Tag Archives: Claude Bernard

Head and hand: Claude Bernard’s experimental medicine

James A. Marcum Waco, Texas, United States   Claude Bernard. Source: National Library of Medicine, the hisotry of medicine public domain image files. Claude Bernard’s Introduction à l’étude de la médecine expérimentale, originally published in 1865, occupies a critical position in the development of experimental medicine and science.1 In the introduction to the book, Bernard […]

A look back at insulin

Shrestha Saraf Sutton Coldfield, United Kingdom Sanjay Saraf Sudarshan Ramachandran Birmingham, United Kingdom   Sir Frederick Banting and Dr. Charles Best co-discoverers of Insulin. Library and Archives Canada. Via Wikimedia. As we approach the centenary of the isolation, purification, and clinical use of insulin, it is an appropriate moment to reflect on the impact of […]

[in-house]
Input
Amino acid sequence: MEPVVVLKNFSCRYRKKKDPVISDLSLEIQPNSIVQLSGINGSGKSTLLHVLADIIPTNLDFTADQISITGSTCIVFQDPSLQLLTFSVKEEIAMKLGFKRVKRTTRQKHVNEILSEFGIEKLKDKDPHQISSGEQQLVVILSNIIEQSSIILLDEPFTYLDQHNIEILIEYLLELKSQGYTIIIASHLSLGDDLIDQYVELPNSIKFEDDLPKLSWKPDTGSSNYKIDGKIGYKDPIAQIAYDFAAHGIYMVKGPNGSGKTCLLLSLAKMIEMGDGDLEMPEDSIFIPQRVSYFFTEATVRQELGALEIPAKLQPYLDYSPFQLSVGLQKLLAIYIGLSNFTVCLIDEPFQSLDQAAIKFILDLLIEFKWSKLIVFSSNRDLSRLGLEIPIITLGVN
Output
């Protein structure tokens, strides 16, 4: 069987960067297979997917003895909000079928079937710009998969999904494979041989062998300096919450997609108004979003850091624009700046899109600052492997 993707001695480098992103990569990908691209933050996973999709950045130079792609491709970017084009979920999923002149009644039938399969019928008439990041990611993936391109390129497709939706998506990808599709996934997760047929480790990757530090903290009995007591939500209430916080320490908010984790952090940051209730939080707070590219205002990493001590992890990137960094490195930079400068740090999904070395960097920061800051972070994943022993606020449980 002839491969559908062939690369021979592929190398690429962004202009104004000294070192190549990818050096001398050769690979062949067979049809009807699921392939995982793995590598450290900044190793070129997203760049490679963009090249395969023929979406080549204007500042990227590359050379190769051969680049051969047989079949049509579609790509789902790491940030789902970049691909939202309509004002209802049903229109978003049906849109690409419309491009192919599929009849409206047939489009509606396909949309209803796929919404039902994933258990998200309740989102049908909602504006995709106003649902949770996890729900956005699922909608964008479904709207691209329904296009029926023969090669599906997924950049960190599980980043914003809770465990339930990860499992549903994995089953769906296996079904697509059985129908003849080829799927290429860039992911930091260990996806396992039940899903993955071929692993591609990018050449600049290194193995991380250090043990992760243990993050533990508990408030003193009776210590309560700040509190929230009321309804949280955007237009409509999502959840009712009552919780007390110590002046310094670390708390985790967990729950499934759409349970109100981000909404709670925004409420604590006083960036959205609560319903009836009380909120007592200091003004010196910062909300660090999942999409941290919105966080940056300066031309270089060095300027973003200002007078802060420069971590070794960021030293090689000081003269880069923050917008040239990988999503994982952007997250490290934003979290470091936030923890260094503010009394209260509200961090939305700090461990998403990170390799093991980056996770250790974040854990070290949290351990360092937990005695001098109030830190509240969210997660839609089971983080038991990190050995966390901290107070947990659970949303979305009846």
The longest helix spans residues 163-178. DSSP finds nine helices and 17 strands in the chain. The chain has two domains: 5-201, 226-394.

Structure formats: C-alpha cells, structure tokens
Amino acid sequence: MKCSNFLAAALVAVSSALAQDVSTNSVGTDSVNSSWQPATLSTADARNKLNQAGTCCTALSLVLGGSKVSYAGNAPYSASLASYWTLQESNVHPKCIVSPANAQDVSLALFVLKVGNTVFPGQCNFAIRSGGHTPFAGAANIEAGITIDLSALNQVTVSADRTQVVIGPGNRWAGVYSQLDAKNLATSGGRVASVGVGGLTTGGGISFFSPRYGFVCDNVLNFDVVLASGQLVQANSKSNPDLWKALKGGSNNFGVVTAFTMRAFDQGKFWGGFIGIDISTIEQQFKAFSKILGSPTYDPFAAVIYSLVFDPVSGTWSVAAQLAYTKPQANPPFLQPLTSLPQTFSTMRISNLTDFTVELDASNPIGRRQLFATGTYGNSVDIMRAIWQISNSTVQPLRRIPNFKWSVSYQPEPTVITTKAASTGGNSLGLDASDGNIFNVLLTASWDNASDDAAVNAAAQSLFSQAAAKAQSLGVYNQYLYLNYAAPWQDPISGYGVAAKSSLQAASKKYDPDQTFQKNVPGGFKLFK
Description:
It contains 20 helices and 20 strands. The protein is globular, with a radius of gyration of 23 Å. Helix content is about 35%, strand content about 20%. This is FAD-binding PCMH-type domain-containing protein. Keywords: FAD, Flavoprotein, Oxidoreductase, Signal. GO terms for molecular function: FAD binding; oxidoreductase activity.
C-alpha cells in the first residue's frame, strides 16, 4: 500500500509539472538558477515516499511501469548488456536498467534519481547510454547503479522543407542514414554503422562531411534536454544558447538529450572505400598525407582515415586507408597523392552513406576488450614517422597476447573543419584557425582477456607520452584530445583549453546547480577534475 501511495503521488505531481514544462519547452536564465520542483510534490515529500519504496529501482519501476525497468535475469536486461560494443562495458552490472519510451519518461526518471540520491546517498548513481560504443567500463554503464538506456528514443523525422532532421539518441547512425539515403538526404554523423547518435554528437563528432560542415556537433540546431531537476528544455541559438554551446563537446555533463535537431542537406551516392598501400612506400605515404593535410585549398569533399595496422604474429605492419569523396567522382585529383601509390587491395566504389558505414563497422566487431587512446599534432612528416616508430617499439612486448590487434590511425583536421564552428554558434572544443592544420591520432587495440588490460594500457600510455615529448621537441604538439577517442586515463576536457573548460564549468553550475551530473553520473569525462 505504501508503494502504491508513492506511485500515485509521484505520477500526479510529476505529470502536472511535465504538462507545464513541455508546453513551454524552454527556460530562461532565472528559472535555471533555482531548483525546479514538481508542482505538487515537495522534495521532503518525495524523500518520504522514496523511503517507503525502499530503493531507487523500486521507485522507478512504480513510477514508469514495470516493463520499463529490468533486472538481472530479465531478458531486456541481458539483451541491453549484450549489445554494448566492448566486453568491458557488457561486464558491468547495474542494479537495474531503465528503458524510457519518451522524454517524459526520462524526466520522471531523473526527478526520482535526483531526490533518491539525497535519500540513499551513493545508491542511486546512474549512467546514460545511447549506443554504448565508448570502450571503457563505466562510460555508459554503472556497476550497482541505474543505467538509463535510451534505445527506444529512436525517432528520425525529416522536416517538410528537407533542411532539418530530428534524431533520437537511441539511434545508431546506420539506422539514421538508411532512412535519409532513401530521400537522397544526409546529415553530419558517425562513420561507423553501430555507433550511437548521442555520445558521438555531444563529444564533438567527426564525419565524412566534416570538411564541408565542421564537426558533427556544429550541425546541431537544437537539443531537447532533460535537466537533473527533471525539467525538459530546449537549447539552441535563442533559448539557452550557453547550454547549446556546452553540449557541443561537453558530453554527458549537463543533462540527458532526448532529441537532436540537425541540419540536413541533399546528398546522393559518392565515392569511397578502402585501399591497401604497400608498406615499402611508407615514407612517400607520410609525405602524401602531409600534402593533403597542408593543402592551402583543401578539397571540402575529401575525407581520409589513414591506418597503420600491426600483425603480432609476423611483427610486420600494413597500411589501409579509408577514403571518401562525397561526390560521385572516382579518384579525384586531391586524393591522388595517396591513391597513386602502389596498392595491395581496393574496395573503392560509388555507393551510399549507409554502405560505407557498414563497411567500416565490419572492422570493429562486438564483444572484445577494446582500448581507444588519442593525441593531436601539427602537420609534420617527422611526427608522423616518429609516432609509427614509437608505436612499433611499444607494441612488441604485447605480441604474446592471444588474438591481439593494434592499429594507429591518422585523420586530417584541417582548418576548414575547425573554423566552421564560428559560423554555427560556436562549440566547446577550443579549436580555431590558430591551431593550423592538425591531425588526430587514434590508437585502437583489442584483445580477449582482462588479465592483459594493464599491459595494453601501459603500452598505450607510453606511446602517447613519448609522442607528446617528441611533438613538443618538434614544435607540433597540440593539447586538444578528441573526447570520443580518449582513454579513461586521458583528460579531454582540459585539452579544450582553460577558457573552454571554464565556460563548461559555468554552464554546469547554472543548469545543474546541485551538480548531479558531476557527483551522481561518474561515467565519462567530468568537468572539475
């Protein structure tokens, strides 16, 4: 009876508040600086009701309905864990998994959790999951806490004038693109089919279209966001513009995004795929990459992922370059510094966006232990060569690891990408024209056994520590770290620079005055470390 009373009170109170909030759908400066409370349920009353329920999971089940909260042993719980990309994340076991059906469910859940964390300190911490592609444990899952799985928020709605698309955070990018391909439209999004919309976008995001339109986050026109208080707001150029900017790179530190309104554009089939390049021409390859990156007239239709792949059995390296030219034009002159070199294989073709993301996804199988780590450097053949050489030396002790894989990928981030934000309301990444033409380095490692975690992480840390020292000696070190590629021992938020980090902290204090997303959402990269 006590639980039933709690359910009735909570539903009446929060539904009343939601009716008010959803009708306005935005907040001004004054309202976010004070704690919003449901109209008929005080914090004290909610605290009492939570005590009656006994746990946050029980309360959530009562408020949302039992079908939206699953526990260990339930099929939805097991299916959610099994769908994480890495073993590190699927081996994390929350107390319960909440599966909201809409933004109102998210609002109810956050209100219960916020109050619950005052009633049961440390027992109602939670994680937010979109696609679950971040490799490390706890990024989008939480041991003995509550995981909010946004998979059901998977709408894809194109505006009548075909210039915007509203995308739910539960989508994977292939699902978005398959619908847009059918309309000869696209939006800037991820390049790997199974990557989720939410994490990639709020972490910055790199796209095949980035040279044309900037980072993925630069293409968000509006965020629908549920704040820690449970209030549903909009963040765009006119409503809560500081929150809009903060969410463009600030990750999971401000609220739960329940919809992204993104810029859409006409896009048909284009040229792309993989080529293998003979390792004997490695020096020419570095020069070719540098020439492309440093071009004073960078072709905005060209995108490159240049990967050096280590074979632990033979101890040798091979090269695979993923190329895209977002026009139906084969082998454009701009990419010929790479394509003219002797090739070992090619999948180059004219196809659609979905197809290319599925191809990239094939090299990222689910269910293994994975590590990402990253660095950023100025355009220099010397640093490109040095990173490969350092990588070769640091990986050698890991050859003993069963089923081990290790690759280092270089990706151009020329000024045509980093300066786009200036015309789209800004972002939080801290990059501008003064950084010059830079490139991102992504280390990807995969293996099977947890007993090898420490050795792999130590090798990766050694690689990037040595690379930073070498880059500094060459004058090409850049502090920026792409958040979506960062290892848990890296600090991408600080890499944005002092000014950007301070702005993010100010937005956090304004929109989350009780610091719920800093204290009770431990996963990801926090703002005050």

Claude Bernard, one of the greatest scientists

Claude Bernard (1813 –1878), “one of the greatest of all men of science,” originated the term milieu intérieur, and furthered the concept of homeostasis. After an early high school and college education, he become an assistant in a druggist’s shop and contemplated becoming a writer, but was persuaded to study medicine and became an intern at the Hôtel-Dieu hospital […]

A changing paradigm for medical research: the evolution of the clinical trial

Kayvon Modjarrad Bethesda, Maryland, United States   This history of science follows a convoluted path of imperceptible intellectual drifts and sudden philosophical shifts. Scientific milestones are, therefore, the result of gradually building thought processes. This is as true for advances in the methods of scientific inquiry as it is for the content of scientific discovery. […]

Cournand and Richards: pioneers in cardiopulmonary physiology

Philip R. Liebson Chicago, Illinois, United States   Andre Cournand (1895—1988) Dickinson W. Richards, Jr. (1895—1973) During World War I among the allied forces were an artillery lieutenant just out of college and a medical student who acted as an auxiliary battle surgeon because of the high mortality among battalion surgeons. They were, respectively, Dickinson […]